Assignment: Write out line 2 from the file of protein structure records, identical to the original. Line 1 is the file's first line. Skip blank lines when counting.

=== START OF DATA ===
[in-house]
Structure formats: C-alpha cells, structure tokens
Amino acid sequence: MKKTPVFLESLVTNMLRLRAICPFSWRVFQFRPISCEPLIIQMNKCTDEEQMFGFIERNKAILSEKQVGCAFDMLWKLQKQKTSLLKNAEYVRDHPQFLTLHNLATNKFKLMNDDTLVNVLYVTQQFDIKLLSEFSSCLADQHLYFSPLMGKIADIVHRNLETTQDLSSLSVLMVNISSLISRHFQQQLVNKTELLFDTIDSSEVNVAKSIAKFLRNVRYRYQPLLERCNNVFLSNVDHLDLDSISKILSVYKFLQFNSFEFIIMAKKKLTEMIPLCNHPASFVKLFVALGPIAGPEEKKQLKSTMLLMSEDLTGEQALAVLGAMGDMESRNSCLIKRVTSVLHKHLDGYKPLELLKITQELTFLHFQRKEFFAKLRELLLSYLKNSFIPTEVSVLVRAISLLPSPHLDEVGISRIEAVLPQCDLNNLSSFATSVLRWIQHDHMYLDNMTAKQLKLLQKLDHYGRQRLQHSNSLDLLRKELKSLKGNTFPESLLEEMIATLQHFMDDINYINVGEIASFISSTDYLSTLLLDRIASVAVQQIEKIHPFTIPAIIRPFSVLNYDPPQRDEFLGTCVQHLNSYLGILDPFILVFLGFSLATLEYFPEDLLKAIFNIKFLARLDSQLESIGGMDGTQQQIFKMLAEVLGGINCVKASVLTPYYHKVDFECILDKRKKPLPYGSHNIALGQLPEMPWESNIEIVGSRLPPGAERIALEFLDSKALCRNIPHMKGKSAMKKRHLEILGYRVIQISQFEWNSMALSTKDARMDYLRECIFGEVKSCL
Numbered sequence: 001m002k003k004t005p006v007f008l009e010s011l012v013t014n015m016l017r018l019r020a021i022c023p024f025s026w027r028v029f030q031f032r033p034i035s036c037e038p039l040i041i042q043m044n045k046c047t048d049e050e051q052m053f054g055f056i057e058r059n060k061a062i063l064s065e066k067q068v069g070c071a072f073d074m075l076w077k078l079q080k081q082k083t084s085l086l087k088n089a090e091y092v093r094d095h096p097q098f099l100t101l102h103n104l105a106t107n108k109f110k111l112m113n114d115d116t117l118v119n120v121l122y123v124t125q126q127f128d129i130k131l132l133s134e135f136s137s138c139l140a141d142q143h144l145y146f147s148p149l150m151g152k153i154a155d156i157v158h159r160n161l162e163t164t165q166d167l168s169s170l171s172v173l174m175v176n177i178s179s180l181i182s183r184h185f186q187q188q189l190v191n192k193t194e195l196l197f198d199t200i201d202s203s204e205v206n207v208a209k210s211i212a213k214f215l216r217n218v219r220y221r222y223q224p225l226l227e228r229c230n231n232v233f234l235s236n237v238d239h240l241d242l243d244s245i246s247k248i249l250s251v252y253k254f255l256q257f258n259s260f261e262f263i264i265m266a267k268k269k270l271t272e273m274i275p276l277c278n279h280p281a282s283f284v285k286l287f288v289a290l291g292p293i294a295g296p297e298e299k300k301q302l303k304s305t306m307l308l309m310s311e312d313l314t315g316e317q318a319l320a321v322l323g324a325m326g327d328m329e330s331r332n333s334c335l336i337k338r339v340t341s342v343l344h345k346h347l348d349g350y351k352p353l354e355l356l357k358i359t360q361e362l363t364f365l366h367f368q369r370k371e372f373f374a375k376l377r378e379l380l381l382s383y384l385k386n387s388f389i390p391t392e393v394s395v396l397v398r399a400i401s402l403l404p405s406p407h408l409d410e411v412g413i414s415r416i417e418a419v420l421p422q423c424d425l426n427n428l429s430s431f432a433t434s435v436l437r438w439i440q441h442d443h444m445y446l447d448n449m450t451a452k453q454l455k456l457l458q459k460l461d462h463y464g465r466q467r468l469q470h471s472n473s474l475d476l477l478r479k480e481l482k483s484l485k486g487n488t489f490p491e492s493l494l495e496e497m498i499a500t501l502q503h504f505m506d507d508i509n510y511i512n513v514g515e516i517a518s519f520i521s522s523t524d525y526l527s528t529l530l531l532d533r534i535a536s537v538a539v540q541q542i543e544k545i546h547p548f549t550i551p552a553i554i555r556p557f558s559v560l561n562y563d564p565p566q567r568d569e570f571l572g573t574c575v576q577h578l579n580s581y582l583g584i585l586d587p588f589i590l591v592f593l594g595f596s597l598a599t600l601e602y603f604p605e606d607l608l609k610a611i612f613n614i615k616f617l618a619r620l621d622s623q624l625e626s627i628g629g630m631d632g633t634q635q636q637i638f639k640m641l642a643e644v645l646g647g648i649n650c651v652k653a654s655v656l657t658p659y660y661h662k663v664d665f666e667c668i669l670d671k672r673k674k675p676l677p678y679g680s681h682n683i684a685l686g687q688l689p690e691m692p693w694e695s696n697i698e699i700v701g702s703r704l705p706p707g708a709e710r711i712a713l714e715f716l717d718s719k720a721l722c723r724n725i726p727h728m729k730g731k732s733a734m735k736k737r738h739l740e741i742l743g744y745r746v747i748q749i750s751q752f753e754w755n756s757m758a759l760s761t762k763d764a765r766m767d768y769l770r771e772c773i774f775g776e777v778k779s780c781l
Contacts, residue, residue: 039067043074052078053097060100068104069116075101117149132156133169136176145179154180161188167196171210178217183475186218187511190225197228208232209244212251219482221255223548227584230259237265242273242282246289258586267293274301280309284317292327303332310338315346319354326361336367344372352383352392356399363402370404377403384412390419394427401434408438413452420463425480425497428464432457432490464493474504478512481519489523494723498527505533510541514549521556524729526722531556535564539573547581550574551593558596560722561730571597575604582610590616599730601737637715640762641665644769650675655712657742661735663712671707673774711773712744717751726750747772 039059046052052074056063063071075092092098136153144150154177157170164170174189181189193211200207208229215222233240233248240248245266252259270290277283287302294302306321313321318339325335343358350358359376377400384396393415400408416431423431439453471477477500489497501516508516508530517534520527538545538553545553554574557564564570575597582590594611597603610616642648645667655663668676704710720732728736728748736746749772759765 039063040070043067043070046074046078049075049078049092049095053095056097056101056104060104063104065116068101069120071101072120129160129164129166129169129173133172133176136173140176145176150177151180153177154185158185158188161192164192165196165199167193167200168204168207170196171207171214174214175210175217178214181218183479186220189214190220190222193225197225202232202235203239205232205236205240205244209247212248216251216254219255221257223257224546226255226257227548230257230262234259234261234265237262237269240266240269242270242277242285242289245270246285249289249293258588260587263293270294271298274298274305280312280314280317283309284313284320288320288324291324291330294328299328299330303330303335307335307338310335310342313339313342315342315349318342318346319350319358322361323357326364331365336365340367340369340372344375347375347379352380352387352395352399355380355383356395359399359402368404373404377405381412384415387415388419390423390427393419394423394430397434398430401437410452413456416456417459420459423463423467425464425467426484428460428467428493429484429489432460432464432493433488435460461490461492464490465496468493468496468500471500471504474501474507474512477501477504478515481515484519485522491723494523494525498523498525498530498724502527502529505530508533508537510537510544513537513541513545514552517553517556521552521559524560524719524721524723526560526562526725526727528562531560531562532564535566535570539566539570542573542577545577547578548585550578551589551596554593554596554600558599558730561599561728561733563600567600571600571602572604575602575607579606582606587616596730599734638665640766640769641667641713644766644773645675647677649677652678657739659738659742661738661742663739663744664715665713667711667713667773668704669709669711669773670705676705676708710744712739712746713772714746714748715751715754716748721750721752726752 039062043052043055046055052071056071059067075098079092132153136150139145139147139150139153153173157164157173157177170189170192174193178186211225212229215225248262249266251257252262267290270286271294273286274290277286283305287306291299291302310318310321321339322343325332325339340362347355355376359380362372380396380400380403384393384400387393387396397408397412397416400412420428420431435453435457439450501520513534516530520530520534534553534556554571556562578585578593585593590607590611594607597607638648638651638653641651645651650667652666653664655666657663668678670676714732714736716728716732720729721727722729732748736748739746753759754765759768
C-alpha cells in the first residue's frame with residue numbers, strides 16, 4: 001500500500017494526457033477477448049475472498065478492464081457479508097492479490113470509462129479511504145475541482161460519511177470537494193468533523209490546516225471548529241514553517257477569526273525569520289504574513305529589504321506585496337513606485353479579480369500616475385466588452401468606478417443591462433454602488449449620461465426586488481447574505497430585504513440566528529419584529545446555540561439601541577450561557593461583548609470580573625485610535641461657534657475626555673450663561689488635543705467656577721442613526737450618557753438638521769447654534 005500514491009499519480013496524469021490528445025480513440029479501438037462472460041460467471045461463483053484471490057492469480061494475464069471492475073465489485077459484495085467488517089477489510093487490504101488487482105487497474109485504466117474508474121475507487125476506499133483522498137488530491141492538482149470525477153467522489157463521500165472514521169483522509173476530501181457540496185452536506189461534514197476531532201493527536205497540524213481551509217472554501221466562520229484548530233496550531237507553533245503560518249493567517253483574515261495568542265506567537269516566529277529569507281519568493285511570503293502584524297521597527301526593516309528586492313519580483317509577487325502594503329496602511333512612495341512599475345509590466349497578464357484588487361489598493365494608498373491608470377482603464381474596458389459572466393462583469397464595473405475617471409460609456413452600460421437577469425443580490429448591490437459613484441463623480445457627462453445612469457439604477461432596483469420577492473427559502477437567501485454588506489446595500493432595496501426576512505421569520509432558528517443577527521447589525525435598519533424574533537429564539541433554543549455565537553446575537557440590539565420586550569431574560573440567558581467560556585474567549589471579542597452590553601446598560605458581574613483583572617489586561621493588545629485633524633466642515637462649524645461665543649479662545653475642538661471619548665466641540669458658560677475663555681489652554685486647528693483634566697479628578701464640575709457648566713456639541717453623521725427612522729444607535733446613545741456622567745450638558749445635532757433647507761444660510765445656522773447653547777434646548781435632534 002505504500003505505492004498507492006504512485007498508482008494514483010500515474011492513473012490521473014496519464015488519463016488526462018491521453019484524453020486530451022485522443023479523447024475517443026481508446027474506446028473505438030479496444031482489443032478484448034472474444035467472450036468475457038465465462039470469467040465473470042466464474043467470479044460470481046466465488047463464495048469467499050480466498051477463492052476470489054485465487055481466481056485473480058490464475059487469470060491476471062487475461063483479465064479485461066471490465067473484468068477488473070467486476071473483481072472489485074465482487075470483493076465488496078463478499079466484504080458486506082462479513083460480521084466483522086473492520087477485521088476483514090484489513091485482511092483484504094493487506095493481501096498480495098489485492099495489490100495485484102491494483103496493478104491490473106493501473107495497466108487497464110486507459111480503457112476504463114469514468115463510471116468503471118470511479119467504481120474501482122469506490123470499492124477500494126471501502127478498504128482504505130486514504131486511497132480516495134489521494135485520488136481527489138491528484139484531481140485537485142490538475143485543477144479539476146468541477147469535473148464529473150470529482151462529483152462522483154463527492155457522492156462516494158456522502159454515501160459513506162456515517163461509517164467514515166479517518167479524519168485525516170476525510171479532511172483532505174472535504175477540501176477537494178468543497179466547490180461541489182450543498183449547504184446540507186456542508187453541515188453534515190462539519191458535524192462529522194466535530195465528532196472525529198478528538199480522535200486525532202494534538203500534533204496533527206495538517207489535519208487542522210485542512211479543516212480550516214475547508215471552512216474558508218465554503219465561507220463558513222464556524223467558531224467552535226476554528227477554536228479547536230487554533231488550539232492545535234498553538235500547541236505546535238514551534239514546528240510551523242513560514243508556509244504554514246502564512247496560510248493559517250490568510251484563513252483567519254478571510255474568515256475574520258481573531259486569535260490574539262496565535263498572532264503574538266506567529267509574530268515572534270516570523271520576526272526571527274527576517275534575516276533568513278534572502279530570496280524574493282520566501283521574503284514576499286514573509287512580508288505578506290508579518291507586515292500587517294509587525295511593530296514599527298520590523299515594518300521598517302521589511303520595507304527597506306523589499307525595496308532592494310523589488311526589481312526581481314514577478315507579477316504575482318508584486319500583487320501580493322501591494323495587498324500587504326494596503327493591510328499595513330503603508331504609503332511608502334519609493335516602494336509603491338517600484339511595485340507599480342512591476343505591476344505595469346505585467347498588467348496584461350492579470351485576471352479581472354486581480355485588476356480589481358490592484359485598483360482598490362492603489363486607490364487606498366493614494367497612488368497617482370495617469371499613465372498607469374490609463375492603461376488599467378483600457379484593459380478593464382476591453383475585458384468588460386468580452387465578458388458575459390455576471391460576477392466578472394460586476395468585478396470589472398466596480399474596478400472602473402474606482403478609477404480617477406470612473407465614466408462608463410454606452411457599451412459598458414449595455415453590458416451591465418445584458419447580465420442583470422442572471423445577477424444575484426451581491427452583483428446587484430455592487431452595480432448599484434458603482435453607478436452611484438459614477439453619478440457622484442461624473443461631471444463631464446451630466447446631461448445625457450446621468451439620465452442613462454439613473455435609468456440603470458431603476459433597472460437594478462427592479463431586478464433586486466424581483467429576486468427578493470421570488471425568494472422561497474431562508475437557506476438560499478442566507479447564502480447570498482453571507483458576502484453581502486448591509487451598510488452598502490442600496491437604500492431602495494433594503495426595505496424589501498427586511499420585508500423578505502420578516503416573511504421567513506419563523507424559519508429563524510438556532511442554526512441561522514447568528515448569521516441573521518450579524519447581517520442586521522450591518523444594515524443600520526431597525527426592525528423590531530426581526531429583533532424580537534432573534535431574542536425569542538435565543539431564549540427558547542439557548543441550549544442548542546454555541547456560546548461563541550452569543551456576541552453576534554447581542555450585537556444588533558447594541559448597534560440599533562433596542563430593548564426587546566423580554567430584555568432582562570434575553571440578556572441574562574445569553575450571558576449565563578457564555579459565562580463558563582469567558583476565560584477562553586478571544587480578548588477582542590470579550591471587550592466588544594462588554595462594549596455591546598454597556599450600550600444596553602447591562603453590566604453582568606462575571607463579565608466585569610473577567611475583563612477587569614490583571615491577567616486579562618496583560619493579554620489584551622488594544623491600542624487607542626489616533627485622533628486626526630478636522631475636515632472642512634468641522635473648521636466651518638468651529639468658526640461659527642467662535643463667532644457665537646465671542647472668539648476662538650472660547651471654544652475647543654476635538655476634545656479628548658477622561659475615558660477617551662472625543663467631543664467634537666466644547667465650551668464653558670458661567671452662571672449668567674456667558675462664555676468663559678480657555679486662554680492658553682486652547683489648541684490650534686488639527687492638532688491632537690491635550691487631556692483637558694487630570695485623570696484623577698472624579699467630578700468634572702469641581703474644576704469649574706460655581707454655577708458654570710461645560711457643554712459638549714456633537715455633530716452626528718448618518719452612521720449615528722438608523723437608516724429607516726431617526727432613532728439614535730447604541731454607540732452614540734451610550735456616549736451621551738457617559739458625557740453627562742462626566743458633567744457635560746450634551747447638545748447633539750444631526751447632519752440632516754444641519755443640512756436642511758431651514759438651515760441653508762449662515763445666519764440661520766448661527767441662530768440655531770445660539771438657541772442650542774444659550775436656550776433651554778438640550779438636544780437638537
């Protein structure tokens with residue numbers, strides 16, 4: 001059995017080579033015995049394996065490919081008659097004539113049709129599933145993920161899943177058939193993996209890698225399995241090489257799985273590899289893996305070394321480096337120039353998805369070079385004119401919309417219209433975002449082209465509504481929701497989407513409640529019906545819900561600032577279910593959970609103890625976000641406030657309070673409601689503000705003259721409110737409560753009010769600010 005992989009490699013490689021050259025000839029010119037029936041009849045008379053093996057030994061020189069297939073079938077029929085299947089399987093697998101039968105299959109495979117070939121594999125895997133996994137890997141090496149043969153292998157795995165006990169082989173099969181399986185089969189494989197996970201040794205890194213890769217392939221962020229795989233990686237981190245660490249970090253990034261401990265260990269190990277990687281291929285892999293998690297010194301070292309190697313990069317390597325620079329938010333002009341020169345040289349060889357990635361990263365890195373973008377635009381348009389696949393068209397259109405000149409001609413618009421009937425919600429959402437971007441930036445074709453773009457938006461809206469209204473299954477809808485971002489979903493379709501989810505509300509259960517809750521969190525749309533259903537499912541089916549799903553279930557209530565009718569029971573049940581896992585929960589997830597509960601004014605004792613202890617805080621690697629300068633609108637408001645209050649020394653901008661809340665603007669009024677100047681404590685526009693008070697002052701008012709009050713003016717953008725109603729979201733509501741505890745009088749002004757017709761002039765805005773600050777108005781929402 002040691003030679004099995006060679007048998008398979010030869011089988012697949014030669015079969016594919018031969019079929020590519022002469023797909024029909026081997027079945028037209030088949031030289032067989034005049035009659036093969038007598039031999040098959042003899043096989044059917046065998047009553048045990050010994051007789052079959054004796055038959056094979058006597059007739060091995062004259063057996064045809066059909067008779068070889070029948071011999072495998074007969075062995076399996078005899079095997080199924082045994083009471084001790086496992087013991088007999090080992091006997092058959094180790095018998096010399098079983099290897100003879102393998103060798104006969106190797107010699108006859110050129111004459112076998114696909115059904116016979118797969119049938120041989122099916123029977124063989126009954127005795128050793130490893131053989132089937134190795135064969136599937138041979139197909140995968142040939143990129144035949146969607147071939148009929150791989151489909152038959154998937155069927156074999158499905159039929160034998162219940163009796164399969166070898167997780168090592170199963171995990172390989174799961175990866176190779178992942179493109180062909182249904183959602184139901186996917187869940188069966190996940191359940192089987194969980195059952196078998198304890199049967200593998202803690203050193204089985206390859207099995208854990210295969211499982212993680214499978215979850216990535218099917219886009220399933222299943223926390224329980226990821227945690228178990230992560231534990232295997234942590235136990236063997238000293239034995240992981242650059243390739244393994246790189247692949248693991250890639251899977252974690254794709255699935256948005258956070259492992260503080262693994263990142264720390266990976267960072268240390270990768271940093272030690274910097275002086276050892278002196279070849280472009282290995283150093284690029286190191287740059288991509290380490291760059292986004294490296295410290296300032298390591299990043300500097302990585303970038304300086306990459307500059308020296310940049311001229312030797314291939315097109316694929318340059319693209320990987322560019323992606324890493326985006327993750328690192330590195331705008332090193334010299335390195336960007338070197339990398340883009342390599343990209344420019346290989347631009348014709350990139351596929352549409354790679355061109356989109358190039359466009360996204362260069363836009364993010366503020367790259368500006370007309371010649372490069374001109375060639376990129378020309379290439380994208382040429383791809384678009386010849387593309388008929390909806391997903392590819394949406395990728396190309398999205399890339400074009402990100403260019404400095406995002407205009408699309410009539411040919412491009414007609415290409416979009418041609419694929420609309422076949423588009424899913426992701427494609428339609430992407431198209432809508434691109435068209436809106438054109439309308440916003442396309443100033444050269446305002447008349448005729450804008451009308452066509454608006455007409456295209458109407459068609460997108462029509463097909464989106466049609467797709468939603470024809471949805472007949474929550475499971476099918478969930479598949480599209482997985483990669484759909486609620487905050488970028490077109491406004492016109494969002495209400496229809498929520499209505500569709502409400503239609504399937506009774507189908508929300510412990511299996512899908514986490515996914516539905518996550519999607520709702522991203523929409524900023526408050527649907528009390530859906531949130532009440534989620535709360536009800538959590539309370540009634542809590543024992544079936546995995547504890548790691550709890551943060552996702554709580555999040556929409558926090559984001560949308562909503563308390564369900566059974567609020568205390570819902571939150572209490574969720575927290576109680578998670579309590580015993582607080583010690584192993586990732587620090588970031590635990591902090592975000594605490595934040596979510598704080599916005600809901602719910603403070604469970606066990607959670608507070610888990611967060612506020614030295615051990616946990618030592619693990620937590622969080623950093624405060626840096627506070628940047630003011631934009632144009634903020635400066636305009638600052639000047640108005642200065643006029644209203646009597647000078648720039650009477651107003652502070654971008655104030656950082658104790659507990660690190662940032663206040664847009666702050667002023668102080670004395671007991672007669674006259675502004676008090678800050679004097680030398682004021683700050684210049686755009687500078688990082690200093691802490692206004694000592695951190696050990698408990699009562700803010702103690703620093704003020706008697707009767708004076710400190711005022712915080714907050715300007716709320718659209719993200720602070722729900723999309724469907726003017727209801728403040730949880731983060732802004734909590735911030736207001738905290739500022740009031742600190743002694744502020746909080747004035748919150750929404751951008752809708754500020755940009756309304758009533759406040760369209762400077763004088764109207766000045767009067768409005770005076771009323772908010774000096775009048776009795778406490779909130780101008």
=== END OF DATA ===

Structure formats: C-alpha cells, structure tokens